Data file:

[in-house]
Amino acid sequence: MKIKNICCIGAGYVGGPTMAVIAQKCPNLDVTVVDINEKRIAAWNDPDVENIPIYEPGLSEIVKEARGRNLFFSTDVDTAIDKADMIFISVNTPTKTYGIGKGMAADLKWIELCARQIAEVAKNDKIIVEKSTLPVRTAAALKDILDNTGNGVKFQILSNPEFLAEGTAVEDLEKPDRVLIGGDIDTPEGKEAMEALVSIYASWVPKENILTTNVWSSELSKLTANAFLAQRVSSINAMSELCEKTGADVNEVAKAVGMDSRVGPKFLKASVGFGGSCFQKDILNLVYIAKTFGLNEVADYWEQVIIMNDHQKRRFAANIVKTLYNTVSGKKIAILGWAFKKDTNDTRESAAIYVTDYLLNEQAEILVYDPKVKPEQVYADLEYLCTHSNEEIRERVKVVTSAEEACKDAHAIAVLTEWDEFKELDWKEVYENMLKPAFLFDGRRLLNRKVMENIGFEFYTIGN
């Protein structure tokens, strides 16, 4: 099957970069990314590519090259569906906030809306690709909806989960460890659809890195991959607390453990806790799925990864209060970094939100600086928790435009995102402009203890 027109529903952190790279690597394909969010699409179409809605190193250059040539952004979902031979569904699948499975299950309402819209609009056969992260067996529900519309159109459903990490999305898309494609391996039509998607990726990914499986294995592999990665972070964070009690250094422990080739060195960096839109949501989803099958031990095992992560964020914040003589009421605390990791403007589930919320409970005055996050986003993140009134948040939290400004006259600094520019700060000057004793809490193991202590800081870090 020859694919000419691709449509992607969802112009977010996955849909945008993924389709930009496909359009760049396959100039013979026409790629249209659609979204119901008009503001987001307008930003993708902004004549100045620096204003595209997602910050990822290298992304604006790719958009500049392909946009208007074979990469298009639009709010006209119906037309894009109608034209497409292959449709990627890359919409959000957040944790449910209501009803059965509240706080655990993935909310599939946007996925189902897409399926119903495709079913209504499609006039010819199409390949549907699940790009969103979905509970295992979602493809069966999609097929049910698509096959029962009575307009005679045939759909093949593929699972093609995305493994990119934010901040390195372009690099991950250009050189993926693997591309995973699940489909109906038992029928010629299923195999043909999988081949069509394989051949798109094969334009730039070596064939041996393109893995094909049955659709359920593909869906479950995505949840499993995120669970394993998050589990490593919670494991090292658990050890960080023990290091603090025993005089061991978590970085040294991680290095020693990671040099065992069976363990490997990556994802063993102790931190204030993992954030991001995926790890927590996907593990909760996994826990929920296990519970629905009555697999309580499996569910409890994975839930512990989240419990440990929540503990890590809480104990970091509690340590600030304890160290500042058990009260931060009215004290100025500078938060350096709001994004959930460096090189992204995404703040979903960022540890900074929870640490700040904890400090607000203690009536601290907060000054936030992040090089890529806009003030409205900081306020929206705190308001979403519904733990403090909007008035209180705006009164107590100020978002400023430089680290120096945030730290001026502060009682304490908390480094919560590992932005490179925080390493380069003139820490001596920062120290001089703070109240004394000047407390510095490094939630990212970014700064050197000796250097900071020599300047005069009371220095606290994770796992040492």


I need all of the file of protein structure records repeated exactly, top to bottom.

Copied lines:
[in-house]
Amino acid sequence: MKIKNICCIGAGYVGGPTMAVIAQKCPNLDVTVVDINEKRIAAWNDPDVENIPIYEPGLSEIVKEARGRNLFFSTDVDTAIDKADMIFISVNTPTKTYGIGKGMAADLKWIELCARQIAEVAKNDKIIVEKSTLPVRTAAALKDILDNTGNGVKFQILSNPEFLAEGTAVEDLEKPDRVLIGGDIDTPEGKEAMEALVSIYASWVPKENILTTNVWSSELSKLTANAFLAQRVSSINAMSELCEKTGADVNEVAKAVGMDSRVGPKFLKASVGFGGSCFQKDILNLVYIAKTFGLNEVADYWEQVIIMNDHQKRRFAANIVKTLYNTVSGKKIAILGWAFKKDTNDTRESAAIYVTDYLLNEQAEILVYDPKVKPEQVYADLEYLCTHSNEEIRERVKVVTSAEEACKDAHAIAVLTEWDEFKELDWKEVYENMLKPAFLFDGRRLLNRKVMENIGFEFYTIGN
């Protein structure tokens, strides 16, 4: 099957970069990314590519090259569906906030809306690709909806989960460890659809890195991959607390453990806790799925990864209060970094939100600086928790435009995102402009203890 027109529903952190790279690597394909969010699409179409809605190193250059040539952004979902031979569904699948499975299950309402819209609009056969992260067996529900519309159109459903990490999305898309494609391996039509998607990726990914499986294995592999990665972070964070009690250094422990080739060195960096839109949501989803099958031990095992992560964020914040003589009421605390990791403007589930919320409970005055996050986003993140009134948040939290400004006259600094520019700060000057004793809490193991202590800081870090 020859694919000419691709449509992607969802112009977010996955849909945008993924389709930009496909359009760049396959100039013979026409790629249209659609979204119901008009503001987001307008930003993708902004004549100045620096204003595209997602910050990822290298992304604006790719958009500049392909946009208007074979990469298009639009709010006209119906037309894009109608034209497409292959449709990627890359919409959000957040944790449910209501009803059965509240706080655990993935909310599939946007996925189902897409399926119903495709079913209504499609006039010819199409390949549907699940790009969103979905509970295992979602493809069966999609097929049910698509096959029962009575307009005679045939759909093949593929699972093609995305493994990119934010901040390195372009690099991950250009050189993926693997591309995973699940489909109906038992029928010629299923195999043909999988081949069509394989051949798109094969334009730039070596064939041996393109893995094909049955659709359920593909869906479950995505949840499993995120669970394993998050589990490593919670494991090292658990050890960080023990290091603090025993005089061991978590970085040294991680290095020693990671040099065992069976363990490997990556994802063993102790931190204030993992954030991001995926790890927590996907593990909760996994826990929920296990519970629905009555697999309580499996569910409890994975839930512990989240419990440990929540503990890590809480104990970091509690340590600030304890160290500042058990009260931060009215004290100025500078938060350096709001994004959930460096090189992204995404703040979903960022540890900074929870640490700040904890400090607000203690009536601290907060000054936030992040090089890529806009003030409205900081306020929206705190308001979403519904733990403090909007008035209180705006009164107590100020978002400023430089680290120096945030730290001026502060009682304490908390480094919560590992932005490179925080390493380069003139820490001596920062120290001089703070109240004394000047407390510095490094939630990212970014700064050197000796250097900071020599300047005069009371220095606290994770796992040492």